Equifax next legal problem: Why it took so long to disclose hack


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5 of the biggest data breaches ever

Equifax’s massive data breach of sensitive information of 143 million Americans has done more than anger the public and tarnished its image. It may have violated securities law.

That’s because companies have a duty to quickly report any information about its operations that significant changes its financial outlook. And the fact that Equinox discovered the breach on July 29 but did not disclose the problem until Sept. 7 raises questions about whether it followed those laws and regulations.

“It’s pretty remarkable here how long Equifax has been aware of the problem and did not disclosed it,” said Eric Chaffee, a law professor at University of Toledo and editor of the Securities Law Blog. “The main problem here is the failure to disclose a catastrophic cyberattack that compromised the information that is at the heart of Equifax’s business model. This created a duty to disclose this attack in a timely fashion to investors, potential investors, and those whose data was compromised.”

Chaffee said there is nothing explicit in the law setting a limit for how many days a company can wait to disclose material information. But companies open themselves up to investigations by various authorities if they are found to have waited too long to make disclosures.

Related: Equifax data breach could affect 143 million people

In October 2011 the SEC issued guidelines to companies for when it would have to disclose a breach. After its own massive data breach was disclosed last year, Yahoo disclosed in a filing that its handling of the hack was the subject of investigations by, among others, the SEC, the U.S. Federal Trade Commission, a number of state attorneys general, and the U.S. Attorney’s office for the Southern District of New York.

The SEC would not comment Friday on whether it was looking at Equifax’s disclosures in this case, and Equifax did not respond to requests for comment on why it took so long to make a disclosure.

Beyond the lawsuits filed on behalf of consumers whose names, addresses, social security numbers and other vital private financial records were stolen, it is certain that the company will face investor suits due to its delayed disclosure according to Chaffee.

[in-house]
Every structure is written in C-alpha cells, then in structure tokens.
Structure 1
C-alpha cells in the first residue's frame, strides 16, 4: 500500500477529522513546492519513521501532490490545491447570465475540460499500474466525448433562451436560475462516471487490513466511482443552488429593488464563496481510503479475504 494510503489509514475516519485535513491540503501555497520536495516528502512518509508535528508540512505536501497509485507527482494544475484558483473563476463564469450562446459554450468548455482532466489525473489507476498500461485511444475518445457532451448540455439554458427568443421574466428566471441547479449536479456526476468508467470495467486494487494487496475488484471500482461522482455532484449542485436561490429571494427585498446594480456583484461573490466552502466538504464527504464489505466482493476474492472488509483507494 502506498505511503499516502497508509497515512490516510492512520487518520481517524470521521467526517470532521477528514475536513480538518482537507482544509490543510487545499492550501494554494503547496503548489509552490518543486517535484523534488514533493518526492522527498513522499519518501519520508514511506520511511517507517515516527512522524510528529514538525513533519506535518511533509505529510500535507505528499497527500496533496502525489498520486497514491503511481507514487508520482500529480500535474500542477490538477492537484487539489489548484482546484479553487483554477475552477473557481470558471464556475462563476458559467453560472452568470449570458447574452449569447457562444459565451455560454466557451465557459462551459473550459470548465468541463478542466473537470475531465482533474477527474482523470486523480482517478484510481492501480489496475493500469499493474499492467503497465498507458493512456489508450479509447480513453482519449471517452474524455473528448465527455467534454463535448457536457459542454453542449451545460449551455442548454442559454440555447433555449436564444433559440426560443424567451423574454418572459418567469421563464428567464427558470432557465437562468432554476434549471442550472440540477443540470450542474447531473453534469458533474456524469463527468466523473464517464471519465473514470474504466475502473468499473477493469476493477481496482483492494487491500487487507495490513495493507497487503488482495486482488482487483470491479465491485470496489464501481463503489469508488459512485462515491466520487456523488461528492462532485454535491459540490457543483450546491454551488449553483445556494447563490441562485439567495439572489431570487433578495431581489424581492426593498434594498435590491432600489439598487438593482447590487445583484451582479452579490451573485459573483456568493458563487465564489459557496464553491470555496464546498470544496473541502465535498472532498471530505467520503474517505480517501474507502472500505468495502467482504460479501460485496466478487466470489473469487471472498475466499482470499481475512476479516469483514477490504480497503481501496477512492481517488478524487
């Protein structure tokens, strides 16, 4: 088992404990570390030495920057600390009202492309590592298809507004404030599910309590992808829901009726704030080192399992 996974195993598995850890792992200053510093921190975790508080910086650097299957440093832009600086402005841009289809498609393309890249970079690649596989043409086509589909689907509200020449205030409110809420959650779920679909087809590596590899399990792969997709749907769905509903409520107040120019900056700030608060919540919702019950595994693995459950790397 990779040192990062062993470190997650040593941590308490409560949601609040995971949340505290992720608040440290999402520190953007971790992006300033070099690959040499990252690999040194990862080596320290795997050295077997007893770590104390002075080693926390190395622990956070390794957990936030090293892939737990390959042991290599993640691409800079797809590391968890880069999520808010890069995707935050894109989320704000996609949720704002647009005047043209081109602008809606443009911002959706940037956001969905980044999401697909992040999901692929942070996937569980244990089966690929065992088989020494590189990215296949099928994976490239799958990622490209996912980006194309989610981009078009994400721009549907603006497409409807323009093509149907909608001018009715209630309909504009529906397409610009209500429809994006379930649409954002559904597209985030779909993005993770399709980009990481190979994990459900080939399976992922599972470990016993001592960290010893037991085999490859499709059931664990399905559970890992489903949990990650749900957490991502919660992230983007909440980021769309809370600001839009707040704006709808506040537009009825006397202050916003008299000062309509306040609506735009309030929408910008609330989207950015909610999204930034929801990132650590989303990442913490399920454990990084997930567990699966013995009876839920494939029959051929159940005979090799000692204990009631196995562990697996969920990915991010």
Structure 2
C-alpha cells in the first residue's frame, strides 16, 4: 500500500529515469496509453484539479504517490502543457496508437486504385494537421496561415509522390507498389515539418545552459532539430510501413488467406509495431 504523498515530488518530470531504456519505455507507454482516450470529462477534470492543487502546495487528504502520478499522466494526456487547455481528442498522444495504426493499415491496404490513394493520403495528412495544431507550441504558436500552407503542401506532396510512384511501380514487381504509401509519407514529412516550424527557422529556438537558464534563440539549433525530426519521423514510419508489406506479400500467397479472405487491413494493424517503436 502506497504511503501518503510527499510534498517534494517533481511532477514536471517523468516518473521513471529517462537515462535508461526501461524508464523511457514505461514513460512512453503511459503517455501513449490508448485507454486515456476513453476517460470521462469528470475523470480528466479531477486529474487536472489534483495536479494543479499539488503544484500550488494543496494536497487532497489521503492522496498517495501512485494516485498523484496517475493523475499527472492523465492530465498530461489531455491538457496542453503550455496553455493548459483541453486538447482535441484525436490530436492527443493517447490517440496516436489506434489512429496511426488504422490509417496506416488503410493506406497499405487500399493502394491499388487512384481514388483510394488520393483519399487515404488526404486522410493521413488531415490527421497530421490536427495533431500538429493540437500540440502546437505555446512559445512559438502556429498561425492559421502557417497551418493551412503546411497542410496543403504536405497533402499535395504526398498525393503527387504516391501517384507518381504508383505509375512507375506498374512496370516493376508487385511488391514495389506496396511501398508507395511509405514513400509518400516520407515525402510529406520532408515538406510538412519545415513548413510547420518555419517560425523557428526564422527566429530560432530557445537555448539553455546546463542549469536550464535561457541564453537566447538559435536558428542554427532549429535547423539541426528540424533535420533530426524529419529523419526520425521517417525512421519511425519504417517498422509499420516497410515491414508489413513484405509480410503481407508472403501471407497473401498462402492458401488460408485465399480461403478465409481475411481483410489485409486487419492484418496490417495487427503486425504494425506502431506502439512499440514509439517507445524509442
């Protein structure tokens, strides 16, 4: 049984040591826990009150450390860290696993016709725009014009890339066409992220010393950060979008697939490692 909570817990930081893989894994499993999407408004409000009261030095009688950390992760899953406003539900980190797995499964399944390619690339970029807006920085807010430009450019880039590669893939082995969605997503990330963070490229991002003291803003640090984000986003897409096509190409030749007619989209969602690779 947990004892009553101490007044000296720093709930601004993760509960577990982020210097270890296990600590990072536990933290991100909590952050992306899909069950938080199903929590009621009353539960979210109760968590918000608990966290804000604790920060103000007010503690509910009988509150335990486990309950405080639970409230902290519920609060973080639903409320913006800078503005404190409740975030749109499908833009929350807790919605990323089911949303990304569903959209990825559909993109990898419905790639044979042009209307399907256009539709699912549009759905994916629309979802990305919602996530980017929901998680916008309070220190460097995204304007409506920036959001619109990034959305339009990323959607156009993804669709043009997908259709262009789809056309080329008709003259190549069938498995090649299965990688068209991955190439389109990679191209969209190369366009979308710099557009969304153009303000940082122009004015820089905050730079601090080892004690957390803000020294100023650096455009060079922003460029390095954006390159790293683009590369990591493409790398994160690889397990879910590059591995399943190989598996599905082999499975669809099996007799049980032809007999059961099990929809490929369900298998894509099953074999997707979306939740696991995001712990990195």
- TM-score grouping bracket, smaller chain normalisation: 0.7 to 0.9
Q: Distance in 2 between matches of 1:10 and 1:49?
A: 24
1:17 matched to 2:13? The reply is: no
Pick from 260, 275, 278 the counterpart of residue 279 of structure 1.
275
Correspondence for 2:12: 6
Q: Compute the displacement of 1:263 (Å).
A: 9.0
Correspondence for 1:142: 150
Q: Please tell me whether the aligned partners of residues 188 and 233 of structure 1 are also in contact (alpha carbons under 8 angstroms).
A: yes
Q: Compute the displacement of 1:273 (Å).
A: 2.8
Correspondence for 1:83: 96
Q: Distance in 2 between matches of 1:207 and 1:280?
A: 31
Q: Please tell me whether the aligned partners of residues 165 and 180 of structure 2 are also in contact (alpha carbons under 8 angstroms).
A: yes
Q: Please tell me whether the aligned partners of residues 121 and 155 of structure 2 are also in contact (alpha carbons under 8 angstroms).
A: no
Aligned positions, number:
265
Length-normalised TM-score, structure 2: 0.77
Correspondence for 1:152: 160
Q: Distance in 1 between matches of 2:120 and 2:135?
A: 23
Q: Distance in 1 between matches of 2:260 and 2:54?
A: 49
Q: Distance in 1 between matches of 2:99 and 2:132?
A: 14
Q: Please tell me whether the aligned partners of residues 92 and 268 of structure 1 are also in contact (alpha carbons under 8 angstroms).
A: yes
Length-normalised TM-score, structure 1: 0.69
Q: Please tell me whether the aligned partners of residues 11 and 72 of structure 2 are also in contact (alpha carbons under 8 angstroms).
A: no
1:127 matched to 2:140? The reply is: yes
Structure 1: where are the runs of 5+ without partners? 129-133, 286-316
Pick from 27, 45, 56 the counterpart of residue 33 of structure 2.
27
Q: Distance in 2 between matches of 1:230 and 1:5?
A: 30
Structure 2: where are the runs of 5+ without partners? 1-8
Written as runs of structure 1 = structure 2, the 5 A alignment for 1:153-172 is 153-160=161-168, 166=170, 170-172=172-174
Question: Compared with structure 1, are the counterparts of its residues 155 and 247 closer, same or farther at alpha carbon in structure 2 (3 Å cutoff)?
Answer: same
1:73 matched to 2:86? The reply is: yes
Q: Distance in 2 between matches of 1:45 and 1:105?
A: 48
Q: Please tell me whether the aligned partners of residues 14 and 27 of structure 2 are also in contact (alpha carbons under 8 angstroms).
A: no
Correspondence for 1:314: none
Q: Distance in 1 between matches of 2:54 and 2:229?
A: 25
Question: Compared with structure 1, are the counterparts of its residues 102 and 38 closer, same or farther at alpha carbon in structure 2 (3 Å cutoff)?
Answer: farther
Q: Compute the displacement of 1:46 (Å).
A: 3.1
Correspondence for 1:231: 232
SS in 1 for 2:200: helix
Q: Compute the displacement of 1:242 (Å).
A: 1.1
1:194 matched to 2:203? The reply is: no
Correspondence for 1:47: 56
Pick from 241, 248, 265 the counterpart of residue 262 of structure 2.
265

“The stock price for the last five weeks did not accurately reflect the facts that we now know. That’s a problem,” said Chaffee.

Related: Equifax executives sold stock before hack was disclosed

The company has disclosed that three top executives sold large blocks of stocks within days of when the breach was discovered. Equifax Chief Financial Officer John Gamble sold shares of the company’s stock worth nearly $950,000 on August 1. Joseph Loughran, Equifax’s president for U.S. information solutions, sold shares worth about $685,000 on August 1 as well. And Rodolfo Ploder, president of workforce solutions, sold stock for just more than $250,000 on August 2. Equifax told CNNMoney that the sales were just a “small percentage” of what these executives own and that they all “had no knowledge that an intrusion had occurred” when they made the sales.

But the plunge in the value of the stock in Friday trading – Equifax (EFX) shares were down 13% in afternoon trading – shows that those executives benefited from the fact that the information had not been made public at the time of their trades.

“The fact that it had a data breach of this magnitude is really quite significant and a great concern for the future of the business,” said Chaffee.

— CNNMoney’s Paul La Monica contributed to this report

CNNMoney (New York) First published September 8, 2017: 2:55 PM ET


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